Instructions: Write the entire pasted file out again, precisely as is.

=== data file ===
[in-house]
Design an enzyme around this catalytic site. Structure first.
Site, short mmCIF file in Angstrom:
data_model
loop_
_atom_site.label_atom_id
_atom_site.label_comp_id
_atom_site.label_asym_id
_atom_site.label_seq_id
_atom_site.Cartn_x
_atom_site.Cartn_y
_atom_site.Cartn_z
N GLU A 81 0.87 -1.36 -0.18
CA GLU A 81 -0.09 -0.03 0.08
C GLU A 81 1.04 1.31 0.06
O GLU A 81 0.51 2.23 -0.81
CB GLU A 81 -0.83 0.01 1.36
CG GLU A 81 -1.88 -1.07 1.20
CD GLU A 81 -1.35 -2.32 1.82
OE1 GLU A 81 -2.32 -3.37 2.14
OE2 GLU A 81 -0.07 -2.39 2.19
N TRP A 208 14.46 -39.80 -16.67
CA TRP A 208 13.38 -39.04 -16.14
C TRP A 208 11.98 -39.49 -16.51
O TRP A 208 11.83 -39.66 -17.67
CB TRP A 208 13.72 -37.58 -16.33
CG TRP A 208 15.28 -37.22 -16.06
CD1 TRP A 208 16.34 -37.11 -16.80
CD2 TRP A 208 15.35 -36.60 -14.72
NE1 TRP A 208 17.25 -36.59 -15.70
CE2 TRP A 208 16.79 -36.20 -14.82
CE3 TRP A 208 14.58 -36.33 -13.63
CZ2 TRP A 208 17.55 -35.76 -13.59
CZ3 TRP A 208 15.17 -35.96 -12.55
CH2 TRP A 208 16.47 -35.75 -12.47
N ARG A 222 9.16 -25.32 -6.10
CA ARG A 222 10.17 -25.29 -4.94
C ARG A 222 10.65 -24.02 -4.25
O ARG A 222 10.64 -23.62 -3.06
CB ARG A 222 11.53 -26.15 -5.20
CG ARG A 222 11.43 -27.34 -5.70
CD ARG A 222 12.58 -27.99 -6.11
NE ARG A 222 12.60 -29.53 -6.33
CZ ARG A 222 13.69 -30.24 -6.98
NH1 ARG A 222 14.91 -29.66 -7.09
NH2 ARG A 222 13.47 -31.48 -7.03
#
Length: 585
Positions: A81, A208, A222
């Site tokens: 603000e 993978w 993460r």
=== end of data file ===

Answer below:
[in-house]
Design an enzyme around this catalytic site. Structure first.
Site, short mmCIF file in Angstrom:
data_model
loop_
_atom_site.label_atom_id
_atom_site.label_comp_id
_atom_site.label_asym_id
_atom_site.label_seq_id
_atom_site.Cartn_x
_atom_site.Cartn_y
_atom_site.Cartn_z
N GLU A 81 0.87 -1.36 -0.18
CA GLU A 81 -0.09 -0.03 0.08
C GLU A 81 1.04 1.31 0.06
O GLU A 81 0.51 2.23 -0.81
CB GLU A 81 -0.83 0.01 1.36
CG GLU A 81 -1.88 -1.07 1.20
CD GLU A 81 -1.35 -2.32 1.82
OE1 GLU A 81 -2.32 -3.37 2.14
OE2 GLU A 81 -0.07 -2.39 2.19
N TRP A 208 14.46 -39.80 -16.67
CA TRP A 208 13.38 -39.04 -16.14
C TRP A 208 11.98 -39.49 -16.51
O TRP A 208 11.83 -39.66 -17.67
CB TRP A 208 13.72 -37.58 -16.33
CG TRP A 208 15.28 -37.22 -16.06
CD1 TRP A 208 16.34 -37.11 -16.80
CD2 TRP A 208 15.35 -36.60 -14.72
NE1 TRP A 208 17.25 -36.59 -15.70
CE2 TRP A 208 16.79 -36.20 -14.82
CE3 TRP A 208 14.58 -36.33 -13.63
CZ2 TRP A 208 17.55 -35.76 -13.59
CZ3 TRP A 208 15.17 -35.96 -12.55
CH2 TRP A 208 16.47 -35.75 -12.47
N ARG A 222 9.16 -25.32 -6.10
CA ARG A 222 10.17 -25.29 -4.94
C ARG A 222 10.65 -24.02 -4.25
O ARG A 222 10.64 -23.62 -3.06
CB ARG A 222 11.53 -26.15 -5.20
CG ARG A 222 11.43 -27.34 -5.70
CD ARG A 222 12.58 -27.99 -6.11
NE ARG A 222 12.60 -29.53 -6.33
CZ ARG A 222 13.69 -30.24 -6.98
NH1 ARG A 222 14.91 -29.66 -7.09
NH2 ARG A 222 13.47 -31.48 -7.03
#
Length: 585
Positions: A81, A208, A222
């Site tokens: 603000e 993978w 993460r």